With the rising popularity of digital personal assistants, natural language processing (NLP) technology has been getting a lot of AI attention. However, there is another natural sense that we need to consider giving to computers; the sense of sight. Computer vision is a red-hot topic in numerous recent applications of Machine Learning. The most famous examples would be Tesla’s autopilot and Apple’s face ID released with the iPhone X in late 2017.

Bringing our focus back to marketing – we should ask ourselves: is there anything in this industry that can benefit from computer vision? Indeed there is. Imagine when you’re browsing those cute kitten images on Pinterest. The image itself would be a good place to advertise cat food (this is called in-image ads or contextual ads). With computer vision algorithms that can distinguish not only just a cat but also “Siamese cat”, advertisers now have the ability to target specific image contexts to deploy their ads.

Sure, all of this covers the most advanced digital ad deployment methods, but what about traditional outdoor ad posters? Unlike digital marketing, outdoor posters are becoming a little out-of-date since there is no way to track “users” and “number of views” like their digital counterparts. A viewer who glances at a poster and a viewer who stares at a poster for five-to-ten seconds are totally different. The solution could be something being dubbed now as an Artificially Intelligent Poster, invented to specifically tackle this problem. By tracking the viewer’s facial expressions using computer vision, marketers are able to assess and potentially even deliver ads based on reactions from people through simply looking at a poster!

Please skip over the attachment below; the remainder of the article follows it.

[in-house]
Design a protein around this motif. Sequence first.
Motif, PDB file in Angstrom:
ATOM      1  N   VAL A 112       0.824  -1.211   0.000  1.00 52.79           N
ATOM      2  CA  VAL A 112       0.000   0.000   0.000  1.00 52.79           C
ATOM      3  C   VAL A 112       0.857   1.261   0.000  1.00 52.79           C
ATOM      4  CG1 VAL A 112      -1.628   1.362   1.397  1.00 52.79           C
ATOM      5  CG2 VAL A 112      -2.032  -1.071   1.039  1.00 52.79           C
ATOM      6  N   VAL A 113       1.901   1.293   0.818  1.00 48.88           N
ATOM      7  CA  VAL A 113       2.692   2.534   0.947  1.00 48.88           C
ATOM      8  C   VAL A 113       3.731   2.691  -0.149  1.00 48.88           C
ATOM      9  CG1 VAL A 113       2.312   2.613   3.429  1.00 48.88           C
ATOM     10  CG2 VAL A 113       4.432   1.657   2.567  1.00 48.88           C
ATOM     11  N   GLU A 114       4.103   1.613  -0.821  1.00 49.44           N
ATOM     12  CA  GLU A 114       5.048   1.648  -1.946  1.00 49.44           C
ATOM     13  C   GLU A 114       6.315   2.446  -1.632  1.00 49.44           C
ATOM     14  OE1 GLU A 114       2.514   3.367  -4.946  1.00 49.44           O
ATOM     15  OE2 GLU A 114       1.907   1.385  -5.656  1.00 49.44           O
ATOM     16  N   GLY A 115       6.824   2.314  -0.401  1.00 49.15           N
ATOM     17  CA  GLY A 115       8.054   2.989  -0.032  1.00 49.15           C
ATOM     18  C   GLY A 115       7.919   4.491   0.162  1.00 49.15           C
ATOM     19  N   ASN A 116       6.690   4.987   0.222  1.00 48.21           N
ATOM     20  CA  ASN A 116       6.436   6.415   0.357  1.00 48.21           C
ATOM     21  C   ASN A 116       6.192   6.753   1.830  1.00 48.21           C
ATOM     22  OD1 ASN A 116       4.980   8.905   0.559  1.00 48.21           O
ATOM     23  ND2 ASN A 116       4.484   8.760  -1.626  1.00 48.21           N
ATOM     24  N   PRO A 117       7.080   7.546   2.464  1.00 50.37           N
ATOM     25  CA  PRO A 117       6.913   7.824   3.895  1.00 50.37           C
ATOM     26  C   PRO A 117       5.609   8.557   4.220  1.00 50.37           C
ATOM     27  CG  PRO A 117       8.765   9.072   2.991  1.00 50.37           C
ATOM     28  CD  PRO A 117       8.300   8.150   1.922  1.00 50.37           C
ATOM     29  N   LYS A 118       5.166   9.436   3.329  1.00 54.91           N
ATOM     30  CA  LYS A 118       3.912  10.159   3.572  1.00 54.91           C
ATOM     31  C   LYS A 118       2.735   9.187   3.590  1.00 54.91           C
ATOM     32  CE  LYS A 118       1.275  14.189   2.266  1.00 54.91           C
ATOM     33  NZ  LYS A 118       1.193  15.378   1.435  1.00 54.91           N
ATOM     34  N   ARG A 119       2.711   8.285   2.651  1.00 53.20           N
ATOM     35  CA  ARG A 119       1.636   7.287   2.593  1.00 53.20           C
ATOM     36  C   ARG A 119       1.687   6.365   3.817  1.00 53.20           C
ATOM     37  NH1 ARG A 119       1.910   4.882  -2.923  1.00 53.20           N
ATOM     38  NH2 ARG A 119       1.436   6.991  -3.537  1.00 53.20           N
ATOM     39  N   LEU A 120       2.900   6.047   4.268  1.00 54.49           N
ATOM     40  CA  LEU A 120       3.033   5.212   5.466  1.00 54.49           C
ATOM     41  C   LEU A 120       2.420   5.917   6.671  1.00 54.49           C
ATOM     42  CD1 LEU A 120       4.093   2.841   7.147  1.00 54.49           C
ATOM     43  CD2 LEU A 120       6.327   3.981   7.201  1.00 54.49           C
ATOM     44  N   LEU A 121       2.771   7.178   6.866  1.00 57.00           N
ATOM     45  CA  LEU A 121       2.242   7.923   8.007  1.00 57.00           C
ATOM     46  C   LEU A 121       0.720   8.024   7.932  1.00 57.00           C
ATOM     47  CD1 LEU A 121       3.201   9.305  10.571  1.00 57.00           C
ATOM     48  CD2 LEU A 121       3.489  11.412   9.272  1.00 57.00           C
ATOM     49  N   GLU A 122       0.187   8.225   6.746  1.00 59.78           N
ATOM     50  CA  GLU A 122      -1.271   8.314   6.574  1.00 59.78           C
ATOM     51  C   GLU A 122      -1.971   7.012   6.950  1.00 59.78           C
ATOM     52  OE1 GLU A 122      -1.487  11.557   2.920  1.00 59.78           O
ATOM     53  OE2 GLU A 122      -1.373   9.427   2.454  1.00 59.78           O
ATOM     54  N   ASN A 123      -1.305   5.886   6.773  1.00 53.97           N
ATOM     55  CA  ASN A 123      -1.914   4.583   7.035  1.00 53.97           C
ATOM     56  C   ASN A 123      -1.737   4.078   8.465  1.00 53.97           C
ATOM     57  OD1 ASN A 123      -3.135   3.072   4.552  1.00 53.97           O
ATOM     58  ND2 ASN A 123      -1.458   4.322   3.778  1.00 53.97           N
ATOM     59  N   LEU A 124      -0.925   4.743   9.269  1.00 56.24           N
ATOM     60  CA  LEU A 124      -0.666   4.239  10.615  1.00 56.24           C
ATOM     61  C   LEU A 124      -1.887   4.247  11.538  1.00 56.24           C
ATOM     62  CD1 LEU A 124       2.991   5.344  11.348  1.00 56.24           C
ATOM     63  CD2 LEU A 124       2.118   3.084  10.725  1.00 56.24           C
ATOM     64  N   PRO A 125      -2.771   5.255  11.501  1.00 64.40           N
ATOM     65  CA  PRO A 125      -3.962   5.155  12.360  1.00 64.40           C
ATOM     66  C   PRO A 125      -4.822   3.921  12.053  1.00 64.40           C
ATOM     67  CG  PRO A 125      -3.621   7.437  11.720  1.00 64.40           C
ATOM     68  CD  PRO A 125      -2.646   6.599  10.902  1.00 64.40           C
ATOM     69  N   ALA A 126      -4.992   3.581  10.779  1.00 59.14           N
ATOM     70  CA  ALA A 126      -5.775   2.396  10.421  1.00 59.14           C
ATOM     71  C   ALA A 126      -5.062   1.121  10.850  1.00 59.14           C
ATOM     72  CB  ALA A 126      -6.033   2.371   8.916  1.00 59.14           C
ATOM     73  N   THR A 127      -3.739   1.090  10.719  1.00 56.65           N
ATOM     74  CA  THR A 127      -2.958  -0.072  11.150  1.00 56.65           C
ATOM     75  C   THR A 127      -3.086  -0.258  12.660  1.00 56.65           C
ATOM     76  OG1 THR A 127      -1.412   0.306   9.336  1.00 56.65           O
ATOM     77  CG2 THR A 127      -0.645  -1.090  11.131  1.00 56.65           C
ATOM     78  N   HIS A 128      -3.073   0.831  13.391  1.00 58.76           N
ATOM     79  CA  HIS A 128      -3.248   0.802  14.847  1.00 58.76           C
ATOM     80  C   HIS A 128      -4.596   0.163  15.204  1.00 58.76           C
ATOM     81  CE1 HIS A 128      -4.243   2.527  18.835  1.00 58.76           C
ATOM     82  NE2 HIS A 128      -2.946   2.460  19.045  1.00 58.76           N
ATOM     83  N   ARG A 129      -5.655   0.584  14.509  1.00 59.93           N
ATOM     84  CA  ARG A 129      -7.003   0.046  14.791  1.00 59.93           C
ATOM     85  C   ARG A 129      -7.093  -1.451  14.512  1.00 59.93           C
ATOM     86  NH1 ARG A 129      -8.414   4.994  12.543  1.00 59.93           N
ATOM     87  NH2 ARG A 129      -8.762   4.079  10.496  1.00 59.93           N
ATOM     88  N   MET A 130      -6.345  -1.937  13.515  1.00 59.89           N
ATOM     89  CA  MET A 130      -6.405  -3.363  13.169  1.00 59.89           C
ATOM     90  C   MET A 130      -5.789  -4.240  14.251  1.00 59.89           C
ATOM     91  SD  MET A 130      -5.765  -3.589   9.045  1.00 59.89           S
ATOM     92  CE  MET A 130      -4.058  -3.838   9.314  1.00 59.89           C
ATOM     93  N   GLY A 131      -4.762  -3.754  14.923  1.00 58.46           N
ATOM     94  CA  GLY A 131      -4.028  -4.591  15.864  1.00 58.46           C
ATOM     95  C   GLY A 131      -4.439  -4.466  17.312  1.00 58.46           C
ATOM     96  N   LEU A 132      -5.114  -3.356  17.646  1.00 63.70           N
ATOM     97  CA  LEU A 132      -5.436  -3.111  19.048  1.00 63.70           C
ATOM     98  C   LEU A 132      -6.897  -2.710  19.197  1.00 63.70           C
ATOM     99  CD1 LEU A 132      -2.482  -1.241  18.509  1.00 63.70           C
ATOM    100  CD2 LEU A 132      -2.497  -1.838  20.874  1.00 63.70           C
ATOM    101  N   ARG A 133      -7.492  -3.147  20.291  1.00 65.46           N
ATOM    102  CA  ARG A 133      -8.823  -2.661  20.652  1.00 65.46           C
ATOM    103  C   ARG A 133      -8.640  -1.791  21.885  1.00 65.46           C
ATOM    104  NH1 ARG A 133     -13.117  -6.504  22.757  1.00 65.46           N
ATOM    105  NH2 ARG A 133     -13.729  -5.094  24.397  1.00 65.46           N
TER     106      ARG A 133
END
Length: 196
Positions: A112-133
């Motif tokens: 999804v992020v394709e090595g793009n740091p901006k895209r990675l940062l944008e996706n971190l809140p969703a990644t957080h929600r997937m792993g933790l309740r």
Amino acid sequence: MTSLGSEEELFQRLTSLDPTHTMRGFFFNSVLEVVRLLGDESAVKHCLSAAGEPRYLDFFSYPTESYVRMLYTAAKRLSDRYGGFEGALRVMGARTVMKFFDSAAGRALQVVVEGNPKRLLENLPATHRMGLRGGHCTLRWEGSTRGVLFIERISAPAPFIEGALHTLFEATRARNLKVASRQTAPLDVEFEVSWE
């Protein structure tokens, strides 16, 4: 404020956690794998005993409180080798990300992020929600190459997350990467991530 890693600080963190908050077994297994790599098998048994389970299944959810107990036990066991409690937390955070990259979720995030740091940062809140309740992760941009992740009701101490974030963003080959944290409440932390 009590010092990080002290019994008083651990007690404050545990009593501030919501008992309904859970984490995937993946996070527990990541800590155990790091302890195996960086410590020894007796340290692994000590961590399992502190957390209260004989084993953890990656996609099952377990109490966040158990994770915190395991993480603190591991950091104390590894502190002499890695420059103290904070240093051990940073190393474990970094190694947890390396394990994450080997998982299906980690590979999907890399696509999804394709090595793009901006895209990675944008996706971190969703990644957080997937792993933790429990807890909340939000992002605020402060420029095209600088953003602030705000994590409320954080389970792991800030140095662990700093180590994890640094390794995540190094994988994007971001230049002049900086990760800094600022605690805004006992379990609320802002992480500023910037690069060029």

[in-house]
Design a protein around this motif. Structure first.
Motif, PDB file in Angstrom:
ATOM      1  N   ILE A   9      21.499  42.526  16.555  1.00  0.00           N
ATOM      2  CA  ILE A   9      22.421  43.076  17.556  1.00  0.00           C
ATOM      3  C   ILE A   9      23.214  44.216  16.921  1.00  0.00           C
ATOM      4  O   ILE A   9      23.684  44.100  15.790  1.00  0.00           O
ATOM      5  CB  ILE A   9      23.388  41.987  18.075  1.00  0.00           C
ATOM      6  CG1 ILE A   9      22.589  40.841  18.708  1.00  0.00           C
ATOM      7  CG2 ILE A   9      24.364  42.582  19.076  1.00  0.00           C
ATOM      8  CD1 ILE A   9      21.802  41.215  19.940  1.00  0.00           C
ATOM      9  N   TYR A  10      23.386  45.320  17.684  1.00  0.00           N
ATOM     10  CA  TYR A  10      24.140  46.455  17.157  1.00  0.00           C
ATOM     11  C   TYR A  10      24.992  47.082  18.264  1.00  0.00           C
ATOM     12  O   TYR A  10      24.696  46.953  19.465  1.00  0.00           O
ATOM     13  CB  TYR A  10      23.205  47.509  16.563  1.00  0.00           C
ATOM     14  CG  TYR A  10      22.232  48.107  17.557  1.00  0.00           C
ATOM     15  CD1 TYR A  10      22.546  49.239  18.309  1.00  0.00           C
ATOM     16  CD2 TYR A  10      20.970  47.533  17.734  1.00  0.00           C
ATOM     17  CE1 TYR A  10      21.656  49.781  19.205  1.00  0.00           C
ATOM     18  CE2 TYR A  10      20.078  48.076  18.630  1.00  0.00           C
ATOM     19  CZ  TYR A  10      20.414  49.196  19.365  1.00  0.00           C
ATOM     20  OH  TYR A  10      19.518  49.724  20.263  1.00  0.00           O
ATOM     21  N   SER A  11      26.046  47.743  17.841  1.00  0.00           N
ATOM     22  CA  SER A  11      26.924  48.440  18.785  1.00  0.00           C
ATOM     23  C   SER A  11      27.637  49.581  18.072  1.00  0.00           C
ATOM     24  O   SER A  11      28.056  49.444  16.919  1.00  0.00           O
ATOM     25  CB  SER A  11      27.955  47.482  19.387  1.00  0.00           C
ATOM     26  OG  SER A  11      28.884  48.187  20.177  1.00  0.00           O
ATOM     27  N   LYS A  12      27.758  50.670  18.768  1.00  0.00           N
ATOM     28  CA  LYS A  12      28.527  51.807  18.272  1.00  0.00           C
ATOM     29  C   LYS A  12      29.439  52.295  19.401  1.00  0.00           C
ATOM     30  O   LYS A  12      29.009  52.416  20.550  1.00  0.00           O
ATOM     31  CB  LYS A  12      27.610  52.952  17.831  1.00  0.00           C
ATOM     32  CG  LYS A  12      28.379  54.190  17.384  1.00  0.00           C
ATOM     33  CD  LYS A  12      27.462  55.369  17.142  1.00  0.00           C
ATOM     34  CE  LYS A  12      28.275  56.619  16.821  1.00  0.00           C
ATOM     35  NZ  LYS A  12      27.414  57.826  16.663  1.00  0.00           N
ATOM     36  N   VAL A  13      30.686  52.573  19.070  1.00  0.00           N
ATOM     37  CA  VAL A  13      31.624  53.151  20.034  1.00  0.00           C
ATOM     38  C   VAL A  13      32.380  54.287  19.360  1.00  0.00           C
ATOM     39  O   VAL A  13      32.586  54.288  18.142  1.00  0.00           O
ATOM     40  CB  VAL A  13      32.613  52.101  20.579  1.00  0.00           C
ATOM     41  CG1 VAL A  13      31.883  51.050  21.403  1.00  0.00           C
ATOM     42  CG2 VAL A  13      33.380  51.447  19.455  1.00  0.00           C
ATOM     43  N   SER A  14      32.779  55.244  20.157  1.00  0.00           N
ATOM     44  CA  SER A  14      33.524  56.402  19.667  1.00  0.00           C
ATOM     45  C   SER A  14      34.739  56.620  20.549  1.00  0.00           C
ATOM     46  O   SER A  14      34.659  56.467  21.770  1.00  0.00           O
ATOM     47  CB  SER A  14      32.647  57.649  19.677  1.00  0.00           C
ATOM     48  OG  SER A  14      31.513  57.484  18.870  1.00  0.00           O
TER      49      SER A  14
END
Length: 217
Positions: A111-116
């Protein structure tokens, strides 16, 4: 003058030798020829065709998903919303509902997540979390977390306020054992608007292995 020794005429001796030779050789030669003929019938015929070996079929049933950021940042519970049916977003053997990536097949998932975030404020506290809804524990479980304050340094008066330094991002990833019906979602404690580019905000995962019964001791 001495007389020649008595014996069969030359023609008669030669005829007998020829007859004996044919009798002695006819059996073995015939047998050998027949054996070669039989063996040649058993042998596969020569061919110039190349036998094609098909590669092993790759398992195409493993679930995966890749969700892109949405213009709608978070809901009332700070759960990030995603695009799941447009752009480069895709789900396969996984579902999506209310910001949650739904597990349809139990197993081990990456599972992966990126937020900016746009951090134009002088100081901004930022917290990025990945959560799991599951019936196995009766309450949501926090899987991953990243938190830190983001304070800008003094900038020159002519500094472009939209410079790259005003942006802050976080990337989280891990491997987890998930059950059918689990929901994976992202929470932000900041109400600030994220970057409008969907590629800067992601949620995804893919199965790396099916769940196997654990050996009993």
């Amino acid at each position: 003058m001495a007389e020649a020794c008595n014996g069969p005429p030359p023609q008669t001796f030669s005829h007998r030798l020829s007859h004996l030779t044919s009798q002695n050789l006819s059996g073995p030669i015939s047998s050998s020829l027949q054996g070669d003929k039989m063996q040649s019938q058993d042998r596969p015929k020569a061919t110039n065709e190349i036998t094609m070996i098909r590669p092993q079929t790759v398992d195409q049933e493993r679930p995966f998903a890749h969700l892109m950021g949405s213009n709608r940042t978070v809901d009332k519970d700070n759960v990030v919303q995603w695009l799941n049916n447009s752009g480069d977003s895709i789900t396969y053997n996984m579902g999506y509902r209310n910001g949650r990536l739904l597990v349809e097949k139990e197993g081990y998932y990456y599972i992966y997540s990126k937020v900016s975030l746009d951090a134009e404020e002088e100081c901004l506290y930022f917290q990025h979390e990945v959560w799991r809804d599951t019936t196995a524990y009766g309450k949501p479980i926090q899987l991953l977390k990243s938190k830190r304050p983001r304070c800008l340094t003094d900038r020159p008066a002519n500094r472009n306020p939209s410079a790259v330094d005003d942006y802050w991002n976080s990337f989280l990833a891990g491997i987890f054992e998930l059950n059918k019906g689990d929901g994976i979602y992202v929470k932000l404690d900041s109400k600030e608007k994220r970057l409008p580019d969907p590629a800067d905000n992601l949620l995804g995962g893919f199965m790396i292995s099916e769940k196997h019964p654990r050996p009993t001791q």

In the future, advertisements on desktop or mobile may also gather details about attention span and emotional response through facial recognition, and potentially even start to take into account more intricate data-sources like breathing patterns, body temperature (through hands), and much more.

To conclude – consider the following thoughts: How do we determine what ads should be shown next? What details should the advertisers themselves change? How does one ‘opt-out’ of this sort of advertising? All of these developments, while exciting, will undoubtedly continue to create even more hurdles for protecting user privacy in the not so distant future.